Fred Rogers (1928–2003) was an enormously influential figure in the history of television and in the lives of tens of millions of children. As the creator and star of Mister Rogers’ Neighborhood, he was a champion of compassion, equality, and kindness. Rogers was fiercely devoted to children and to taking their fears, concerns, and questions about the world seriously.
I listened to the audiobook for this and as someone who grew up watching PBS programming, I thought the audiobook was dope because it’s narrated by THEE LAVAR BURTON (host of Reading Rainbow for those who are unfamiliar). I didn’t like the writing because it was too repetitive, but I learned a lot about Mr. Rogers‘ life. 3.5 stars.
11. Poetry: The Witch Doesn’t Burn in This One by Amanda Lovelace
The witch: supernaturally powerful, inscrutably independent, and now—indestructible. These moving, relatable poems encourage resilience and embolden women to take control of their own stories. Enemies try to judge, oppress, and marginalize her, but the witch doesn’t burn in this one.
I haven’t read many poetry collections so take whatever I say with a grain of salt, but I disliked this style of poetry. A lot. I don’t understand how this beat The Poet X by Elizabeth Acevedo for best poetry. I need a recount because HOW SWAY? I gave it 1/5 stars only because I liked the message behind it.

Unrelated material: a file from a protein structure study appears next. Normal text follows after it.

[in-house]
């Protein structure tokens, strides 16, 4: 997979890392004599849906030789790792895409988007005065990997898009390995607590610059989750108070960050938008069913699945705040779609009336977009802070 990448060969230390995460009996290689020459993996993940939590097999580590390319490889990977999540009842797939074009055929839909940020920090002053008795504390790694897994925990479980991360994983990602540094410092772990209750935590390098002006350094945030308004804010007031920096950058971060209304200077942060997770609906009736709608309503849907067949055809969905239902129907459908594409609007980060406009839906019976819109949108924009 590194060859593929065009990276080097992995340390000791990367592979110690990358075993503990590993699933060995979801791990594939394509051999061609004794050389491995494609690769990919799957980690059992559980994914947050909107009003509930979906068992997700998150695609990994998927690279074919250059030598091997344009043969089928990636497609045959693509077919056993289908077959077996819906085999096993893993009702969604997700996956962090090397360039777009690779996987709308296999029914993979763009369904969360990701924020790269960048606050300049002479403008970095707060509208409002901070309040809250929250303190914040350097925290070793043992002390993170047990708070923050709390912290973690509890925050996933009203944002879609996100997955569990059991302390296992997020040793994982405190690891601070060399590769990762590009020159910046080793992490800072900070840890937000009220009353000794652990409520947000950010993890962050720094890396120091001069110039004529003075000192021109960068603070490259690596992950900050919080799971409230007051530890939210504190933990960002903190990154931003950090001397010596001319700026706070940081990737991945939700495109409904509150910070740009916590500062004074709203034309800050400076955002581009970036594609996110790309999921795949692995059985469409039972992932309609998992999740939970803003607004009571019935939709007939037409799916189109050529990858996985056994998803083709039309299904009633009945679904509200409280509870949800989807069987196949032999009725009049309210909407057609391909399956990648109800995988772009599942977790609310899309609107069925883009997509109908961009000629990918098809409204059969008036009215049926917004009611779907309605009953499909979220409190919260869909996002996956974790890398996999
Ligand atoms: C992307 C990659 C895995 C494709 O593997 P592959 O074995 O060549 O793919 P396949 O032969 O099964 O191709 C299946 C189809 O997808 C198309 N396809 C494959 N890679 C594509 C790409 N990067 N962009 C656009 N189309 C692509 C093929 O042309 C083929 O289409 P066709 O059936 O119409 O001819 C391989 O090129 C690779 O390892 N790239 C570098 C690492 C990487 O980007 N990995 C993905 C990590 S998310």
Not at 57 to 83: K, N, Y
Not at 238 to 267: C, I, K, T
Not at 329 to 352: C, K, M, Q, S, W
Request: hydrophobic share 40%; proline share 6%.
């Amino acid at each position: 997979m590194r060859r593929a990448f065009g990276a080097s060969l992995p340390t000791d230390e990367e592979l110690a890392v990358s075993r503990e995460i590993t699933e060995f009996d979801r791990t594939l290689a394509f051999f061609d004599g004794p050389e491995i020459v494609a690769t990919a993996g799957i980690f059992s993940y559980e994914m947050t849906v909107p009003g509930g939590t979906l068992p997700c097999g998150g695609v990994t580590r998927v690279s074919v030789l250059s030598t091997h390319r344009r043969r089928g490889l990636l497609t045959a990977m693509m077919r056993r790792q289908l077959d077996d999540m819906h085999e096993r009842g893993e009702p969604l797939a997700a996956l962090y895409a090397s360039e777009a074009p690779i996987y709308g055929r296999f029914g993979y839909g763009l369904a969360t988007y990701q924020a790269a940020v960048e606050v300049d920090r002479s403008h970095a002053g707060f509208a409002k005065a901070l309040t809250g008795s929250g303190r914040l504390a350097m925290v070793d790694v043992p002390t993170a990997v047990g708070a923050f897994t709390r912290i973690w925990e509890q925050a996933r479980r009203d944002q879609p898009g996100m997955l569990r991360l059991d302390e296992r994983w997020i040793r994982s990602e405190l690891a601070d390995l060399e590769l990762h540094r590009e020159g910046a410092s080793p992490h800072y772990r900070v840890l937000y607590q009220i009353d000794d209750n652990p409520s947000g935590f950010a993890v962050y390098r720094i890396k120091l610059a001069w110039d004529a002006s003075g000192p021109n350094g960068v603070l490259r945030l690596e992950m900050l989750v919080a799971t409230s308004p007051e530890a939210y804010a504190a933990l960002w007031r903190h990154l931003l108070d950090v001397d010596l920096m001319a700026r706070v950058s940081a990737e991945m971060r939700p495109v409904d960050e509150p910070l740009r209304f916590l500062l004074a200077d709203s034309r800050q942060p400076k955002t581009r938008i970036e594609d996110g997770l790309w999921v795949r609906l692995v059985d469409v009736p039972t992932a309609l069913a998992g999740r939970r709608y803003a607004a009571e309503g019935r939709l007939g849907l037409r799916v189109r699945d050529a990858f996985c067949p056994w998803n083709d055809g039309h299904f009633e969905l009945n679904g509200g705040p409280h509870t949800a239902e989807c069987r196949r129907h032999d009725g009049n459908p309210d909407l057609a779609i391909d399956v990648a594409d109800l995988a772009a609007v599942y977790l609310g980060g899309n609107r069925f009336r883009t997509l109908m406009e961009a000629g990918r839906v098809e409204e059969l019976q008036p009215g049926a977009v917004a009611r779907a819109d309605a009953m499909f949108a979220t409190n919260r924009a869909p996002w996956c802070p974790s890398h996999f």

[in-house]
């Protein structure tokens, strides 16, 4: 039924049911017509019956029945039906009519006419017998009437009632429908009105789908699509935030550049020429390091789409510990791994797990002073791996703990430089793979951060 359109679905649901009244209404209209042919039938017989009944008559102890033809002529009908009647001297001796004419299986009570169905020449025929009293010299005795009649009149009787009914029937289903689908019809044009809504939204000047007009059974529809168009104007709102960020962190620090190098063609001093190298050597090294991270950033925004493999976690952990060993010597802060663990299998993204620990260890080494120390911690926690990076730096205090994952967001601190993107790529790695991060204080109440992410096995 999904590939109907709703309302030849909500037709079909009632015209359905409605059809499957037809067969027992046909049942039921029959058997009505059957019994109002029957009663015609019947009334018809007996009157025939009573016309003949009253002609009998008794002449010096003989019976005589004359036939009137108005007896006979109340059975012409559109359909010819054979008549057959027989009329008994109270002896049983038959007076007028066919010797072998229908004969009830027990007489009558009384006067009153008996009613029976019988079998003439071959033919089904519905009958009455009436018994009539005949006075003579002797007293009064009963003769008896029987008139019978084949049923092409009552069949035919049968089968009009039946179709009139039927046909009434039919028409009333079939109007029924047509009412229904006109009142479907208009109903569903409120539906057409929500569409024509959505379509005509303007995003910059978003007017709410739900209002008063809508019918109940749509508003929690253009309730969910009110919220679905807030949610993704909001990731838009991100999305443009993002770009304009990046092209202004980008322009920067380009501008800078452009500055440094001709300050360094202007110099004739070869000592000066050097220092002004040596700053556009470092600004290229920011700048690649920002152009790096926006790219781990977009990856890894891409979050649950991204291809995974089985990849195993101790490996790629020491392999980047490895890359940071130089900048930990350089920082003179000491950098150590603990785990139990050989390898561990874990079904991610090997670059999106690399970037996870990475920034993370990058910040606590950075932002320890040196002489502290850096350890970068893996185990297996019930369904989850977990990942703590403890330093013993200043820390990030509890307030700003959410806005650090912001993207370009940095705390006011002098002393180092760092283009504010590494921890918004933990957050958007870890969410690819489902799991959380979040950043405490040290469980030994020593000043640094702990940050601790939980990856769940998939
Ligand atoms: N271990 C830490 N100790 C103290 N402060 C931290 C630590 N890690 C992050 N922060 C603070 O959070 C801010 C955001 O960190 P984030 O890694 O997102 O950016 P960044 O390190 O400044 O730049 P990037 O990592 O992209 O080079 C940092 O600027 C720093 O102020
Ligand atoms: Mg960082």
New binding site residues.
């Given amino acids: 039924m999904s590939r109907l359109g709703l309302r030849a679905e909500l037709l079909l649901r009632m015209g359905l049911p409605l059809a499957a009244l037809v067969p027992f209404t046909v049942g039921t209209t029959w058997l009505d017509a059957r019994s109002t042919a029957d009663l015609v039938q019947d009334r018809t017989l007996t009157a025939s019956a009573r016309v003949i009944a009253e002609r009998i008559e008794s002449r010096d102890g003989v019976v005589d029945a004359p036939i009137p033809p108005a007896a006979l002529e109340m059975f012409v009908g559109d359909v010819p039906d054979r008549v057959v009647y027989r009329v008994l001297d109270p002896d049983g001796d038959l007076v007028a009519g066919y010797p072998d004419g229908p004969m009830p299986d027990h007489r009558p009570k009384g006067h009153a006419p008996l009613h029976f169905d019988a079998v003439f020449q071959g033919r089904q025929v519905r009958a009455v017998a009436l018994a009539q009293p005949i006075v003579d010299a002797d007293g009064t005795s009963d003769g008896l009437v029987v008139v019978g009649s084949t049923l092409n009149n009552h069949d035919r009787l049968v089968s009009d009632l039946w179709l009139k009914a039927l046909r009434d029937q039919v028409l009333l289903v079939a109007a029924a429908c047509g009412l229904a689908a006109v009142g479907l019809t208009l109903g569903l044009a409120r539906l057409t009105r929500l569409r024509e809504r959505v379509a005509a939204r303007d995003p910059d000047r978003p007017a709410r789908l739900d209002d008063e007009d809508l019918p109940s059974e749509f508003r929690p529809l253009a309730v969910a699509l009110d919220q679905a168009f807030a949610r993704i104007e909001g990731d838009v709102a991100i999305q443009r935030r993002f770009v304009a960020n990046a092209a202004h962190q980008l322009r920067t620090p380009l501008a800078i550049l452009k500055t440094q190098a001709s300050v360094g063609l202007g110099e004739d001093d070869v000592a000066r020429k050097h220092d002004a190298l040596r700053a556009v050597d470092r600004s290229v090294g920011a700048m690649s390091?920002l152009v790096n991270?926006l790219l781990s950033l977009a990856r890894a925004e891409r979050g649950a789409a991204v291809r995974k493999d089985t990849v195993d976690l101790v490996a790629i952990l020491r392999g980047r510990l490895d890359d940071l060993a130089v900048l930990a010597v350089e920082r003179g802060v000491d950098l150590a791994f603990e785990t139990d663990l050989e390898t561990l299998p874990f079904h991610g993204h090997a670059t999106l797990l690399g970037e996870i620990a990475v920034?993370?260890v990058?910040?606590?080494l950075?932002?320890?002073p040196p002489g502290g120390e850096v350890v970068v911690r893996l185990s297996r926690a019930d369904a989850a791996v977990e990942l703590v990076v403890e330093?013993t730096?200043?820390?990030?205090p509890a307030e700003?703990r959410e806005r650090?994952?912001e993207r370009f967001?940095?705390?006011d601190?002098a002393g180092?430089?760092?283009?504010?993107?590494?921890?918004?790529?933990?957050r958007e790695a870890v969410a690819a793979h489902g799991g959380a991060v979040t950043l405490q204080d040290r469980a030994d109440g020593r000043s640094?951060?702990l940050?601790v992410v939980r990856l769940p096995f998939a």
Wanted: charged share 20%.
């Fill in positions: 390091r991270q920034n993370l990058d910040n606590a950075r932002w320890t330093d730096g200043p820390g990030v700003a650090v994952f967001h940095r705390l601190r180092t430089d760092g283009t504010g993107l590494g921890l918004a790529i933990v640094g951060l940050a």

12. Debut Author: The Woman in the Window by A.J. Finn*
Anna Fox lives alone—a recluse in her New York City home, unable to venture outside. She spends her day drinking wine (maybe too much), watching old movies, recalling happier times . . . and spying on her neighbors.
Then the Russells move into the house across the way: a father, a mother, their teenage son. The perfect family. But when Anna, gazing out her window one night, sees something she shouldn’t, her world begins to crumble—and its shocking secrets are laid bare.
Personally, I think The Poppy War by R.F. Kuang should’ve won this category, but I’m not mad about the winner: Children of Blood and Bone by Tomi Adeyemi. Because I read COBAB when it came out last year, I read the book that came in second place, The Woman in the Window by A.J. Finn. Not a terrible book, but definitely not second place worthy. It’s a middle-of-the-road thriller. The twists are predictable. The writing is fine, but it’s mostly dialogue and not quite as suspenseful. 3/5 stars.
P.s. According to the NYT, A.J. Finn is a fucking fraud. I didn’t know that until after I read this book. What a tool.
If you follow me on social media, then you probably know that I hate the Goodreads Awards. You probably also know that I’m very SALTY and BITTER about The Kingdom of Copper and The Dragon Republic losing to Ninth House for best fantasy this year. I knew everyone was going to vote for Ninth House because it’s Leigh Bardugo, but I wanted to be wrong. I was so disappointed when I looked at the number of votes The Kingdom of Copper and The Dragon Republic received.
Anyways, I’m glad I did this experiment because I discovered some new authors and I’ve come to the conclusion that winning a GR Awards isn’t an indicator of how great a book is. Reading is subjective so it’s impossible to cast unbiased votes, but there has to be a better way for GR to run this award.